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Article

Surface Roughness Modeling Using Q-Sequence

by
A.M.M. Sharif Ullah
Kitami Institute of Technology, 165 Koen-cho, Kitami, Hokkaido 090-8507, Japan
Math. Comput. Appl. 2017, 22(2), 33; https://doi.org/10.3390/mca22020033
Submission received: 29 March 2017 / Revised: 1 May 2017 / Accepted: 2 May 2017 / Published: 6 May 2017

Abstract

:
Dynamical systems play a vital role in studying highly non-linear phenomena. One of the families of the dynamical systems is integer sequences. There is an integer sequence called Q-sequence: Q(n) = Q(nQ(n − 1)) + Q(nQ(n − 2)); for n = 3, 4, …; and Q(1) = Q(2) = 1. It exhibits a unique chaotic-order that might help develop approximate models of highly nonlinear phenomena. We explore this possibility and show how to modify a segment of the Q-sequence so that the modified segment becomes an approximate model of surface roughness (a highly non-linear phenomena that results from the material removal processes (e.g., turning, milling, grinding, and so on). The Q-sequence-based models of surface roughness can be used to recreate the surface heights whenever necessary. As such, it is a helpful means for developing simulation systems for virtual manufacturing.

1. Introduction

We often measure the dimensions, forms, and surfaces of artificial artifacts and see whether they are consistent with the given specifications. This has created a discipline of study called metrology. International standards have been developed to systematize the activities underlying this discipline [1]. A great deal of research has been conducted to develop reliable electro-mechanical devices for dimensional, form, and surface metrology [2,3,4,5]. Particularly in surface metrology [6], we deal with the heights of a machined surfaces measured by contact or non-contact instruments [4,5,6]. International standards provide a set of standards to measure the surface heights and then to process (filter [7], and quantify) them for surface characterization [1]. According to these standards, for example, the roughness of a machined surface is often quantified by such standard parameters as arithmetic average height Ra, peak-to-valley height Rz, fractal dimension, and so on [8]. Sometimes, non-conventional parameters, e.g., entropy [8], are also used for quantifying the surface roughness. Some authors have worked on the uncertainty modeling of surface roughness using probability-distribution-neutral representation, e.g., possibility distributions and fuzzy numbers [8]. Nowadays, we have Web-based systems, e.g., the system developed by the National Institute of Standards and Technology (NIST, Gaithersburg, MD, USA) [9], by which one can determine the standard roughness parameters online [1]. In addition, to share the evaluated surface roughness, efforts have been made to create web-based data, e.g., XML data incorporating the information of Ra [10]. Even though we characterized a surface by using Ra, Rz, entropy, fractal dimension, and possibility distribution, an individual/system who/that receives this information will not be able to recreate the surface heights. This means that we lose the surface height dynamics if we use the conventional quantification process described above. Thus, we need another means to capture the dynamics of surface roughness so that the individual/system) who/that) receives it can recreate it whenever necessary. It has been stressed that the manufacturing phenomena (e.g., the cutting force and even the surface roughness) are highly non-linear and can be modeled, in principle, by stationary and non-stationary Gaussian processes [11,12,13]. A surface roughness profile, in particular, consists of certain stochastic features [11], and to recreate the heights of a surface roughness profile, i.e., to capture the dynamics underlying a surface roughness profile, one needs to model these features using stochastic formulations [11,14]. This issue of dynamic representation of surface roughness has become even more important due to the advent of Internet of Things (IoT) [15], as schematically illustrated in Figure 1.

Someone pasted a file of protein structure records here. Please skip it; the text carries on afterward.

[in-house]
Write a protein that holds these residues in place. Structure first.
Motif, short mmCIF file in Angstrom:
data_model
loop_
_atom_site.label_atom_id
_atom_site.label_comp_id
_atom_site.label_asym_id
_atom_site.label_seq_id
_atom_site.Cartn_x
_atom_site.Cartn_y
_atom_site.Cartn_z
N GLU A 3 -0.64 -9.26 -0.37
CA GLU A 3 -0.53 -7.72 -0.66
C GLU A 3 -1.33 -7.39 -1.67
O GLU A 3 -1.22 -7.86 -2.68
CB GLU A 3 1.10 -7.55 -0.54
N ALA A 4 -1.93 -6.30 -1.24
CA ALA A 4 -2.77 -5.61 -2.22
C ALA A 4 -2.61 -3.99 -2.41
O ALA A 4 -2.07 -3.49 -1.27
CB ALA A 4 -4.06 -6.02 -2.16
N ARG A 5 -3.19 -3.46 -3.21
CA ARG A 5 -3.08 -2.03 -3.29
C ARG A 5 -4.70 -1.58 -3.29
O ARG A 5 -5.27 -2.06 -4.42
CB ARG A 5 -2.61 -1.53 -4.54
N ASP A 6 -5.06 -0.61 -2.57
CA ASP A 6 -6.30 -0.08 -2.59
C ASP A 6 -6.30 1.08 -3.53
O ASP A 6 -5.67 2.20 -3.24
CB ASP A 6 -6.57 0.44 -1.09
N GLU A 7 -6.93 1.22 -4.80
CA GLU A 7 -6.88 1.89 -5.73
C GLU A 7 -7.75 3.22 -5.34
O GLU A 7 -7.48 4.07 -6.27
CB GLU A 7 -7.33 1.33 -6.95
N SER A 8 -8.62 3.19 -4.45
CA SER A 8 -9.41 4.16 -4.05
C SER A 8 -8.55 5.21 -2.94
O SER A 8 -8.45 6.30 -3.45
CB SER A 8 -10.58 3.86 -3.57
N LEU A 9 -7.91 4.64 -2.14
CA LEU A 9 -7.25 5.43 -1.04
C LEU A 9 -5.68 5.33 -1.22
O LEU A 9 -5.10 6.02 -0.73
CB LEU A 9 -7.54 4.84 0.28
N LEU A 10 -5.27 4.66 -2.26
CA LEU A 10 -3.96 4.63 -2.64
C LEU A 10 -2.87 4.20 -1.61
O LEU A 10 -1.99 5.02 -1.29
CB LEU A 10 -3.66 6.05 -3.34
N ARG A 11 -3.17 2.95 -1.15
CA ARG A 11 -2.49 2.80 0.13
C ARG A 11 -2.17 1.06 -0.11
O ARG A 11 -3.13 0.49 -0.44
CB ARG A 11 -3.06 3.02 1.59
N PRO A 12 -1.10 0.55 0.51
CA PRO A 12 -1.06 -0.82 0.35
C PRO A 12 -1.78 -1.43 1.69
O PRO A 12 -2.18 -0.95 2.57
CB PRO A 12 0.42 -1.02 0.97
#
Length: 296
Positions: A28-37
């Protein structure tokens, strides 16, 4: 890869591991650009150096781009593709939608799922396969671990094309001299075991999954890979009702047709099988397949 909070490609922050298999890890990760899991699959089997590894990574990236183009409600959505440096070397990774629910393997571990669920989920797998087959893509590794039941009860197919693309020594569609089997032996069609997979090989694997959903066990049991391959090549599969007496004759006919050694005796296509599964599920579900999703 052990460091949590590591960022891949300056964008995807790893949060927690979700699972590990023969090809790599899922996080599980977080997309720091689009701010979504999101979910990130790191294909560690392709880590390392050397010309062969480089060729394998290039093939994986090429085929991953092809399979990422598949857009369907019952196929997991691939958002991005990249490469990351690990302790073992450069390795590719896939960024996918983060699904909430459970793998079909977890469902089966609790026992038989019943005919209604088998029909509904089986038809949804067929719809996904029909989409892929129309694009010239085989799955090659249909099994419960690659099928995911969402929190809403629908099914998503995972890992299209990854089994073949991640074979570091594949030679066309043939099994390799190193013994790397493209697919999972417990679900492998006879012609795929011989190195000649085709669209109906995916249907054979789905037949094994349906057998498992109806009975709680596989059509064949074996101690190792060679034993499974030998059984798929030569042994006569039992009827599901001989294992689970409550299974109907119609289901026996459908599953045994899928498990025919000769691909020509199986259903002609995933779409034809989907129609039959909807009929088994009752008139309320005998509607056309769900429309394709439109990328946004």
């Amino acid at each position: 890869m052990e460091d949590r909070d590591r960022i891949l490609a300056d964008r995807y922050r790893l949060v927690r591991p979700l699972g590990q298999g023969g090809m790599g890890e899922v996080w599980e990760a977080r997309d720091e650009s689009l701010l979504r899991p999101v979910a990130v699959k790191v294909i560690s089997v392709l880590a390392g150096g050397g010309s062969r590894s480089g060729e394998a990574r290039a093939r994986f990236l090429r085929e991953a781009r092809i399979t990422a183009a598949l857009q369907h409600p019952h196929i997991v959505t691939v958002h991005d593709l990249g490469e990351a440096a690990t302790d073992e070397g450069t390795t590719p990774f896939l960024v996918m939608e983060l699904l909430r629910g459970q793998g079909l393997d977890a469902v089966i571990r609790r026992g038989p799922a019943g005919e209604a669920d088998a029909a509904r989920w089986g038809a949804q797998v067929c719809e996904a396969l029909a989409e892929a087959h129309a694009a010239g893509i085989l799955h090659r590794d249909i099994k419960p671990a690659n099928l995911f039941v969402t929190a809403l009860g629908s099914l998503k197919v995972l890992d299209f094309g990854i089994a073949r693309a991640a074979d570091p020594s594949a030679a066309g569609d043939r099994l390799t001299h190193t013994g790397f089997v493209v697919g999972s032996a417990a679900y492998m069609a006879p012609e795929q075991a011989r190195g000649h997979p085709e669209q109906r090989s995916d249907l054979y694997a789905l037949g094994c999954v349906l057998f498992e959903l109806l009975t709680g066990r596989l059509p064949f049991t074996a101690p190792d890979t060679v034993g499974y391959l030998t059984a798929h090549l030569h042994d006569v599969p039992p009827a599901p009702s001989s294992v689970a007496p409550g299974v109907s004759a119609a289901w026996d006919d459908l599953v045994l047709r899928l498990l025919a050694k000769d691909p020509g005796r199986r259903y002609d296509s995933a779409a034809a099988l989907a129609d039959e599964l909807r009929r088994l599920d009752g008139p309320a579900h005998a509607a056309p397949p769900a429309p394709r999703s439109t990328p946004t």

IoT involved in the manufacturing systems requires cyber-physical systems [15,16,17,18] where the hardware and software systems will not only share the static data of non-linear phenomena of manufacturing activities but also the models that are capable of storing and sharing the underlying dynamics. A scenario of such futuristic systems is schematically shown in Figure 1 where the surface metrology activities are considered as an example. As seen from Figure 1, as far as the IoT is concerned, not only surface roughness quantification but also the modeling of surface heights is important for surface metrology. The model must capture the dynamics of the surface roughness so that it (the model) can recreate the surface heights whenever necessary in IoT-based systems, as schematically illustrated in Figure 1.
However, numerous authors have developed methods and tools to capture the dynamics of machined surface heights. For example, Wu [19] developed a methodology to simulate engineered surfaces using Fast Fourier Transform (FFT) where a given spectral density or auto-correlation function (ACF) is used as a means to model the irregular heights of a surface. Higuchi et al. [20] applied the concept of fractional Brownian motion (fBm) to simulate the surface heights of grinding wheels. Ullah et al. [21] developed a dynamical system that operates on some fuzzy if–then rules to simulate the surface roughness heights. Here, the fuzzy if–then rules are extracted from a given surface roughness profile. Ullah et al. [11] considered that the surface heights of a machined surface consist of four features, namely, trend, cycle, irregularities, and burst. They developed a stochastic model to organize these features and to recreate surface heights. Uchidate et al. [22] introduced an auto-regression based model to create surface heights for the sake of soft-calibration. Sharif Ullah et al. [23] modeled the microscopic interactions between workpiece and tool (e.g., a grinding wheel) that are stochastic in nature to simulate the surface heights of a machined surface for several passes. Nevertheless, the methodologies developed so far to capture the dynamics of surface roughness, e.g., the methodologies described in [11,19,20,21,22,23] and in the references therein, are parameter-dependent, requiring a great deal of efforts of the users to set the right values of a relatively large number of parameters. Therefore, a simpler but user-friendly methodology is needed to model the dynamics of the surface roughness. From this contemplation, this article is written. In particular, an integer sequence called the Q-sequence [24] will be employed to create a model of a surface profile. The remainder of this article is organized as follows: